Sort-purified cells were collected in Buffer RL (Norgen Biotek). Total RNA was subsequently extracted and purified from these collected samples with use of a Single Cell RNA Purification Kit (Norgen Biotek) according to the manufacturer’s protocol. For small IEC–type marker analysis and assessment of Gpr44 expression, cDNA was generated using the High Capacity RNA-to-cDNA kit (Applied Biosystems). Real-time PCR was performed with TaqMan Gene Expression Master Mix (Applied Biosystems) on equal volumes of each cDNA sample in triplicate on a Bio-Rad CFX96 Touch Real-Time PCR Detection System (Bio-Rad Laboratories) using the following TaqMan probes (Thermo Fisher Scientific): Chga (Cat# 4331182, Mm00514341_m1), Dclk1 (Cat# 4331182, Mm00444950_m1), Lgr5 (Cat# 4331182, Mm00438890_m1), Lyz1 (Cat# 4331182, Mm00657323_m1), Muc2 (Cat# 4331182, Mm01276696_m1), Gpr44 (Cat# 4351372, Mm01223055_m1), Rps9 (Cat# 4331182, Mm00850060_s1), and Sis (Cat# 4331182, Mm01210305_m1). Rps9 was used as the housekeeping gene for normalization.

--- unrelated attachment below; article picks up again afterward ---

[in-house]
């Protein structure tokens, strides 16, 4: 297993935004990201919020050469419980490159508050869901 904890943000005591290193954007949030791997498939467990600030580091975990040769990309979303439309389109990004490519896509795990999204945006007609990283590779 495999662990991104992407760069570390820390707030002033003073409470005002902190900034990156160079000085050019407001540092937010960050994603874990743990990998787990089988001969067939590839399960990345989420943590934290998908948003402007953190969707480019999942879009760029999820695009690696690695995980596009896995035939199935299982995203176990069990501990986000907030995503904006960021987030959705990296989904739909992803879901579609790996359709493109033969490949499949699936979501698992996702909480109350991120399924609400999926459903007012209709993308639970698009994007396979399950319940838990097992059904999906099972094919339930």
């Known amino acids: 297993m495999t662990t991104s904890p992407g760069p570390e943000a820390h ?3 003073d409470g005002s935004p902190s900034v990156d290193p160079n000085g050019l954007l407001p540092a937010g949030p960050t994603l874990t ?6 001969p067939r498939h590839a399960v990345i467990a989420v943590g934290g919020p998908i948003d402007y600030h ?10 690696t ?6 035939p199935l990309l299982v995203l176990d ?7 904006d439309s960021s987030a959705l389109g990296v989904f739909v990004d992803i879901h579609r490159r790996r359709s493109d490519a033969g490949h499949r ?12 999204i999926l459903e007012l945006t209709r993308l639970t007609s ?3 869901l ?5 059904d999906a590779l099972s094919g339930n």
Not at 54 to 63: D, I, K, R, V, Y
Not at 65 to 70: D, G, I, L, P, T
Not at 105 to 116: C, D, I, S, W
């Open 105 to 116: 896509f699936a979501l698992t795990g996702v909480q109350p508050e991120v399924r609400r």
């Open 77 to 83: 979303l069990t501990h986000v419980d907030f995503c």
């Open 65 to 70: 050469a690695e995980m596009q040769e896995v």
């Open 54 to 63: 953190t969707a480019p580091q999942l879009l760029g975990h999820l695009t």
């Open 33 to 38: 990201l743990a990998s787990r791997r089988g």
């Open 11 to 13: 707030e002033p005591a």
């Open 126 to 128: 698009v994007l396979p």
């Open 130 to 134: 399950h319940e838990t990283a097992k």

For human studies, expression data were extracted from mRNA harvested from biopsies obtained during the colonoscopies of healthy donors (n = 13, ages 24–72) or patients with Crohn’s disease (n = 9, ages 26–58) or ulcerative colitis (n = 10, ages 24–67) participating in a biorepository program. Biopsies were obtained from the ascending colon in healthy controls and from inflamed or uninflamed segments of colon in patients with inflammatory bowel disease. The latter were on prednisone (12%), 5′aminosalicylates (38%), 6-mercaptopurine (9%), and/or anti-TNF biologics (21%) or no medication for their condition (32%) at the time of sampling. Samples were placed in cold RNAlater (Thermo Fisher Scientific) immediately ex vivo and frozen at −70°C within 24 h. All subjects consented to participate in research according to a protocol approved by the Institutional Review Board of Virginia Mason Medical Center in accordance with the Declaration of Helsinki.